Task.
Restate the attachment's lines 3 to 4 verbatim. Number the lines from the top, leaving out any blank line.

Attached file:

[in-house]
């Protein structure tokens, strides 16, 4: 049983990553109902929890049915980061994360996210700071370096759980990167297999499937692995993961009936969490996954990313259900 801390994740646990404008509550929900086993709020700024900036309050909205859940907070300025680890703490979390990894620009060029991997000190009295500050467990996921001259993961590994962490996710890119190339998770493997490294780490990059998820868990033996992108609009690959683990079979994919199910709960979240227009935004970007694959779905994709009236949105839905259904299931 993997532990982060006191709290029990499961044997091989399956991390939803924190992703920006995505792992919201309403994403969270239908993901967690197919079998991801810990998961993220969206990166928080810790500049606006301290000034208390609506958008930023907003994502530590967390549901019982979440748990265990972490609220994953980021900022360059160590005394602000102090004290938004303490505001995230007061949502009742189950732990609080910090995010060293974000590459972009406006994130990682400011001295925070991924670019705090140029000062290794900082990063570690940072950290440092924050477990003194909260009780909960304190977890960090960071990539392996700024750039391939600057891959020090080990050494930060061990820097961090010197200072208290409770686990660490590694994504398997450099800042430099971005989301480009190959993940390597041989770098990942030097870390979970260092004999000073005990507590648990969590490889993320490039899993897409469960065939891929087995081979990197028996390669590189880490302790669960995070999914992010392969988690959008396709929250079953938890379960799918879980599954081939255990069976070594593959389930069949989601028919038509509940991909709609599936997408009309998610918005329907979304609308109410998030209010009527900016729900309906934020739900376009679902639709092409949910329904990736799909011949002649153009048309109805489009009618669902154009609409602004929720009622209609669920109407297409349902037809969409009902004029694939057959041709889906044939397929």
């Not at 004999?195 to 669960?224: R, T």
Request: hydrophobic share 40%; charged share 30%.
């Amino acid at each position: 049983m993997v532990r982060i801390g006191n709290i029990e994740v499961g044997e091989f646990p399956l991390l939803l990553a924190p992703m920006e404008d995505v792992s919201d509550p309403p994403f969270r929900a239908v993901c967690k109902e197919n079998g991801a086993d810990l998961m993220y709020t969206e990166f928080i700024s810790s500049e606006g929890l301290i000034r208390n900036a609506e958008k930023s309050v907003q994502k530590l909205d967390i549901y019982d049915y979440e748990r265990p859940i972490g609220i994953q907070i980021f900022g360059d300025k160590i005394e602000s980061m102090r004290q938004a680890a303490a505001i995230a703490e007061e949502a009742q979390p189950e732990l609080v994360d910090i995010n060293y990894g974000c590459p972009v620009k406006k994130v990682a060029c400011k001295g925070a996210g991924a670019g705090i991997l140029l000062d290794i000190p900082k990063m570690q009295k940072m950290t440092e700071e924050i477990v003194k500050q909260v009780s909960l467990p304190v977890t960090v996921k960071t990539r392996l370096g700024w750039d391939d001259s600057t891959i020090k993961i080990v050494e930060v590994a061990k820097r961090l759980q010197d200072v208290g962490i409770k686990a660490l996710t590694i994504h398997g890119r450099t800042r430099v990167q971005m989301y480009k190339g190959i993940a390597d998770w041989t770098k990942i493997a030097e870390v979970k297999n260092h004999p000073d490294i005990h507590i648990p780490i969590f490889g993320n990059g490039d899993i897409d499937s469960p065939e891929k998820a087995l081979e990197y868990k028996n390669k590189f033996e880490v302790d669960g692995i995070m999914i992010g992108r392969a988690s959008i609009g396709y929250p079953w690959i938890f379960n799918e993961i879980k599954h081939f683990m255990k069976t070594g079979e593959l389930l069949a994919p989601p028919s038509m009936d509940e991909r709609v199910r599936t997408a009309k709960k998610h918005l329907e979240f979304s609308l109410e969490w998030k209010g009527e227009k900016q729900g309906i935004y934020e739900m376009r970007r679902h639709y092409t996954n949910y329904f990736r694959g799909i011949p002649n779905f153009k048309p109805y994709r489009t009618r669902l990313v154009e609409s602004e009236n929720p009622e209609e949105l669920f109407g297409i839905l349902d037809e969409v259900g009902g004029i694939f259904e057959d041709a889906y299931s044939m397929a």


């Not at 004999?195 to 669960?224: R, T």
Request: hydrophobic share 40%; charged share 30%.